Monthly Archives: October 2008
Over the next several weeks, I’ll be featuring wineries from Washington’s Yakima Valley and Rattlesnake Hills Appellations. Established in 1983, Yakima Valley is Washington’s oldest appellation and home to over 40 wineries, while Rattlesnake Hills, a schism of Yakima Valley, was granted appellation status in 2006 and includes 16 wineries.
It’s impossible to pin down a varietal or varietals these regions do best, but it’s safe to say that the incredible range of quality wines created here are comparable to much of what the rest of the world has to offer.
Kana Winery, located in downtown Yakima, provides a perfect example of the increasingly diverse nature of wines produced by Washington’s wineries. Kana specializes in blended varietals, and many of their current releases feature two or more grapes from several different vineyards.
A fine example is the 2005 Workingman’s Red (about $16), a blend of zinfandel, malbec, and petite verdot that’s slightly peppery with a touch of brambly blackberry on the finish. This isn’t a big, overly fruity California zin by any stretch, which makes it much easier to pair with foods such as roast pork or lamb.
Also worth noting is the 2005 Scarlet Fire (about $25), another blend consisting of cabernet sauvignon, cabernet franc, and merlot. This intensely compact red wine – filled with nuances of cherry, plum, and tobacco – opens up nicely with ample breathing time and has excellent cellaring potential.
For white wine drinkers, the Kana 2006 Cuvée Blanche (about $18) is a must-try blend of roussanne, viognier, and marsanne. With honeysuckle and papaya aromas, lush tropical fruit and baked apple flavors, and a lingering finish, this massive wine may very well put you on sensory overload.
Kana Winery will be one of the wineries featured at the Grape & Gourmet event in Bellingham on November 2. You’ll also find their wines at Compass Wines in Anacortes and Libation Station in Mount Vernon, or order them online at www.kanawinery.com.
If you’ve yet to try any wines from Spain I encourage you to do so. Most of Spain’s vineyards are located in the country’s warmer regions, meaning the wines produced there are generally big, bold and flavorful. These wines beg to be paired with food, but they’re also extremely enjoyable when served on their own.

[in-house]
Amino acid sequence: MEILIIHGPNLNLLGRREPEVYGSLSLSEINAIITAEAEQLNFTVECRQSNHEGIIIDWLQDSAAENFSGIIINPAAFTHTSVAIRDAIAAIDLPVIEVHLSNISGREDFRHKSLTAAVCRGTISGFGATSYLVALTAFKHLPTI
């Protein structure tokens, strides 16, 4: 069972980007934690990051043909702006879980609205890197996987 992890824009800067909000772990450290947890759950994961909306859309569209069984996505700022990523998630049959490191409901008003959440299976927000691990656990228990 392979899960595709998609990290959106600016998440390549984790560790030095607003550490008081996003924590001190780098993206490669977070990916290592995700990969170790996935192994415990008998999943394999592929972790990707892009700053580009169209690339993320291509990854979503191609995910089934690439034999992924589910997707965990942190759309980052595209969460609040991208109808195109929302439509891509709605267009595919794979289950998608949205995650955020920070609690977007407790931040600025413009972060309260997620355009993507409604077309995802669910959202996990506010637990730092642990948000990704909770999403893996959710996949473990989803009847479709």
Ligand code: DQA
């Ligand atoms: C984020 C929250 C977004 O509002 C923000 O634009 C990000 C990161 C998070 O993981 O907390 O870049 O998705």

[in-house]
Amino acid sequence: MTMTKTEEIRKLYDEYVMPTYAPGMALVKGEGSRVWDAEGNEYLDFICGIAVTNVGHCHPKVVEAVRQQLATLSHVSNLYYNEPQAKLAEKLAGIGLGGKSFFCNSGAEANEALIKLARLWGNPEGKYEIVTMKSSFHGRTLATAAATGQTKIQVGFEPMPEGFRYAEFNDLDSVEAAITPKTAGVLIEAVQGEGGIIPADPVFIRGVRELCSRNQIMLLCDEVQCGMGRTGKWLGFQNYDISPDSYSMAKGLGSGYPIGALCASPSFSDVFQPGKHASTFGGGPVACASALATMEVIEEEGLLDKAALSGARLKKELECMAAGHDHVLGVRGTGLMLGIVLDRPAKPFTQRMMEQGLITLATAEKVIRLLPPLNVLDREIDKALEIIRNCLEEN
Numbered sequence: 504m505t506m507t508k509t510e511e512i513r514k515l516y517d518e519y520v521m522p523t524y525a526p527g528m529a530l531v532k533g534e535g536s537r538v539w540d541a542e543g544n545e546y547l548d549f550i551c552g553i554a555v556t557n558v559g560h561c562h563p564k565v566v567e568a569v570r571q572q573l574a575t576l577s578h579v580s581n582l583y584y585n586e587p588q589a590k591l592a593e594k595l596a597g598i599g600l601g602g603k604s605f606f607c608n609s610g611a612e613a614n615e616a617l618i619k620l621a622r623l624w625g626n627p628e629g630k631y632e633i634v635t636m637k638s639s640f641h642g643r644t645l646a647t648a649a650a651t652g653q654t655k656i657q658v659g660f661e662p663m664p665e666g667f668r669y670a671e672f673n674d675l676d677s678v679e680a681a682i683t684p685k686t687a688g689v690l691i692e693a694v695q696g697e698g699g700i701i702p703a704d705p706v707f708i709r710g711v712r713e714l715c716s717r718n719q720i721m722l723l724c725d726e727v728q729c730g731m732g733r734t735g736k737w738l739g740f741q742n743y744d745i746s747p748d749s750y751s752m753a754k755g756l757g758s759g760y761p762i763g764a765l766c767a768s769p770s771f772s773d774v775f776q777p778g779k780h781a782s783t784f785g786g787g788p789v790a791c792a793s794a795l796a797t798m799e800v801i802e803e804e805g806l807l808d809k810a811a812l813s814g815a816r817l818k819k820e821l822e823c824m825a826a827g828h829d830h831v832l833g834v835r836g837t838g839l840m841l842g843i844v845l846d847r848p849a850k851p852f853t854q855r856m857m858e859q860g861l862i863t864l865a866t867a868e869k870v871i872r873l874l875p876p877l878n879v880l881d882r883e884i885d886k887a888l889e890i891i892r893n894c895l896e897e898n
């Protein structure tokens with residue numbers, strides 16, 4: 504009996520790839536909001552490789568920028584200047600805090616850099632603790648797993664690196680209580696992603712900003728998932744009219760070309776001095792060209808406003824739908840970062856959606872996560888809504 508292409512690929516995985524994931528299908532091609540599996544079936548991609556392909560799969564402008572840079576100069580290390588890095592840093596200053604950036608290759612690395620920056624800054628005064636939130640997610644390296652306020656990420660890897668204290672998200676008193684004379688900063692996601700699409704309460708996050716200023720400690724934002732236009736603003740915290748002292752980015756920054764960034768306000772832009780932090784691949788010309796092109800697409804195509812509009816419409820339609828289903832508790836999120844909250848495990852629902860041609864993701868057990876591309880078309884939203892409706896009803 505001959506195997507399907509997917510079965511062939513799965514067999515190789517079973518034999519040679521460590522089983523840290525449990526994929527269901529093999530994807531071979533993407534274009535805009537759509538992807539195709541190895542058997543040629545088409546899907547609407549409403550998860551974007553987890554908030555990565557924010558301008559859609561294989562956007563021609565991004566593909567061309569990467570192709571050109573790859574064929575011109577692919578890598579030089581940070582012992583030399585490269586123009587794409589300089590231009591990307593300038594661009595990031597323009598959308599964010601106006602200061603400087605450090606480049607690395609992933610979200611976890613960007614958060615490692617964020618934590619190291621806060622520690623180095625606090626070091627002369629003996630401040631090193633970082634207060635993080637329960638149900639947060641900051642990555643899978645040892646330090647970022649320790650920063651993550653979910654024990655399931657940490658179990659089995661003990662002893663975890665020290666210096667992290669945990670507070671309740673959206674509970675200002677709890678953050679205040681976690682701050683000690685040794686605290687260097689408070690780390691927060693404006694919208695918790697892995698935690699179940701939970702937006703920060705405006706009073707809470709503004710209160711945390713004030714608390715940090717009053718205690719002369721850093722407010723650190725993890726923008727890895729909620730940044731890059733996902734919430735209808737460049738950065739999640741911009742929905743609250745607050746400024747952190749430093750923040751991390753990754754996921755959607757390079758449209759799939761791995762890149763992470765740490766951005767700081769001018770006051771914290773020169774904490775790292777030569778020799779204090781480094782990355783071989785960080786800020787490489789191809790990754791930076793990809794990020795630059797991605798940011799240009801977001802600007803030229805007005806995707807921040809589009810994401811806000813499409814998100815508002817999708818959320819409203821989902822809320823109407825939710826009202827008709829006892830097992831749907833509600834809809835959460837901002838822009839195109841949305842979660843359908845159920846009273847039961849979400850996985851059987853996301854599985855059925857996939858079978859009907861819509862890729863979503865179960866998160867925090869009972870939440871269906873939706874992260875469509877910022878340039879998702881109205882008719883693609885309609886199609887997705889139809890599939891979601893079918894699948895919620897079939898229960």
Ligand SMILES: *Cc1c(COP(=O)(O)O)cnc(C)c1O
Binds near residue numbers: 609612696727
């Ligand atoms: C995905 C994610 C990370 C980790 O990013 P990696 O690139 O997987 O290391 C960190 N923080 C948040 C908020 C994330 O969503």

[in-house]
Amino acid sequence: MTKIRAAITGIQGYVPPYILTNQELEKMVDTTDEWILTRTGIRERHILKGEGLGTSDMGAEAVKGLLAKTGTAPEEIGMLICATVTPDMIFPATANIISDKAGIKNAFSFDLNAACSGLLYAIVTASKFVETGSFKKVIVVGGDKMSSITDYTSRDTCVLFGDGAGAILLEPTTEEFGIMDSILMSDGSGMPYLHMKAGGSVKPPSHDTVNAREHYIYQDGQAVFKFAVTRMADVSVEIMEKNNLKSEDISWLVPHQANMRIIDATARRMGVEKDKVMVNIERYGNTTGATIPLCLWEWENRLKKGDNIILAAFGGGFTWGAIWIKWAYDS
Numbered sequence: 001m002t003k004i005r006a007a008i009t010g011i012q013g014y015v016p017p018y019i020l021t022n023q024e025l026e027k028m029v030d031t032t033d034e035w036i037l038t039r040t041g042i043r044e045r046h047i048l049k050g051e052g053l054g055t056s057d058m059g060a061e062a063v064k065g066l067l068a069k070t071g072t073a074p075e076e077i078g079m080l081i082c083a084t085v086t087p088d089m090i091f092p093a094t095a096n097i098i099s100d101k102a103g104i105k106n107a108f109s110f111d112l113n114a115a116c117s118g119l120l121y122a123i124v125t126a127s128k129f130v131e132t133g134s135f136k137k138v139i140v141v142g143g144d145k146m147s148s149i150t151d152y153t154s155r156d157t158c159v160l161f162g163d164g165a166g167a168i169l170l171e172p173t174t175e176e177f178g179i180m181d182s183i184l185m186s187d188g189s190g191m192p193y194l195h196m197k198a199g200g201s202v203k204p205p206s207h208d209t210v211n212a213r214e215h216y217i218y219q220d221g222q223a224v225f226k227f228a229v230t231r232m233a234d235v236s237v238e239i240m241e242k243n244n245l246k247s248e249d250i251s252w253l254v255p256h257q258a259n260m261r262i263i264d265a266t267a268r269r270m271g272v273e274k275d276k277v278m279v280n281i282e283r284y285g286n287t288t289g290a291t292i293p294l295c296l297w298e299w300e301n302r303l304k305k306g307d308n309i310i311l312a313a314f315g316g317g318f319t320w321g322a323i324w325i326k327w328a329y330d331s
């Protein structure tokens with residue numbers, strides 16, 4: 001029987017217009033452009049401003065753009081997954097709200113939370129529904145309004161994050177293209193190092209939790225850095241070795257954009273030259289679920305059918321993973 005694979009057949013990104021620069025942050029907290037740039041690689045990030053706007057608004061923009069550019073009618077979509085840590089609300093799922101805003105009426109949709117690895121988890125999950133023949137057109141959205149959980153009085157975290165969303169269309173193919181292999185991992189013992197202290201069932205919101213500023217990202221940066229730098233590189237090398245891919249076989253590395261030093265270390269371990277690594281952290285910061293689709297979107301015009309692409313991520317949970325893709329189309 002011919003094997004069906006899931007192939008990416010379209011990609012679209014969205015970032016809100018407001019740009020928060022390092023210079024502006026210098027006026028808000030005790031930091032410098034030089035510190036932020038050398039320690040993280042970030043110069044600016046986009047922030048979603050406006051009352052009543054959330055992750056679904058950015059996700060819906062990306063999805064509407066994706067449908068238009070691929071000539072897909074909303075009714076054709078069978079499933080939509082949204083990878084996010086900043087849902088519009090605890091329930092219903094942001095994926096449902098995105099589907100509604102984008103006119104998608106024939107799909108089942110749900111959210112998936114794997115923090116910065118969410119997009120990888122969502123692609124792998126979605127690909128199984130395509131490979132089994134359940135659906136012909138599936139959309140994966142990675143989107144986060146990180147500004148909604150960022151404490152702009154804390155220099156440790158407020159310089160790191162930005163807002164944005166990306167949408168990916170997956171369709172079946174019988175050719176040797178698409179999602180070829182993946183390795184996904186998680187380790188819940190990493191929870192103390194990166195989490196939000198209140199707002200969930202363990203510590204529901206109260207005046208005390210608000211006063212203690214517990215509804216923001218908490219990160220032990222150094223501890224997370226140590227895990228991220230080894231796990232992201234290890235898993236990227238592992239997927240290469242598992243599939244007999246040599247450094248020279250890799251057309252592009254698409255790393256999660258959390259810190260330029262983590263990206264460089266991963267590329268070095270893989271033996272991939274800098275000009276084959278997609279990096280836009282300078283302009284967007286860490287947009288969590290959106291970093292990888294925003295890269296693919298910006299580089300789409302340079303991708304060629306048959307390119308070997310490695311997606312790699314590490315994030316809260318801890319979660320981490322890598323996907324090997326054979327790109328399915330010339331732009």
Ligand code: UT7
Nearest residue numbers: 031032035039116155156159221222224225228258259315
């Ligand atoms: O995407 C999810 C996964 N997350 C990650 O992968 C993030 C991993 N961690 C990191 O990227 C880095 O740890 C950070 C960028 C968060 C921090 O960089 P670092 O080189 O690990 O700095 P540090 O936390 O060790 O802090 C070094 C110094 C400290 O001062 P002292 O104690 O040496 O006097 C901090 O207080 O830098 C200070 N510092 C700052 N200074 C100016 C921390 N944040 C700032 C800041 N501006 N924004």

And don’t be fooled into thinking that good Spanish wines are limited to a handful of reds. The range of styles and variety of Spanish wines is surprisingly diverse, with something certain to please even the most finicky wine drinker.
For instance, the Lagar do Castelo 2007 Albariño (about $14) is a well-priced white wine that blew me away with its flavors and complexity. The intoxicating aroma suggests fresh nectarine, with a combination of stone fruit, citrus and savory flavors that lead to a dry, yet lingering finish.
Also noteworthy is the Agustí Torelló Mata 2005 Brut Reserva (about $19), another great example of Cava, the sparkling wine of Spain. Extremely fine bubbles lift the aromas of baked apple and toast from the glass, while the wine displays a clean, mineral taste with traces of melon and a bone-dry finish. Ideal as an aperitif or with shellfish.
A couple of red wine recommendations include the Pinuaga 2006 Tempranillo (about $15) from the Castilla region of Spain. With a lovely floral nose, slightly smoky notes and firm tannins, this wine will pair well with tomato-based sauces or paella.
And the Solpost 2005 Montsant (about $24) is a huge, yet elegant blend of Grenache, Carignan, and Cabernet Sauvignon. Flavors of berry, plum and dried fruit predominate, with black pepper and a touch of oak on the finish.
Look for these wines at the Fairhaven Market Haggen, or ask for them by name in the wine section of your favorite grocer and they can be special ordered for you.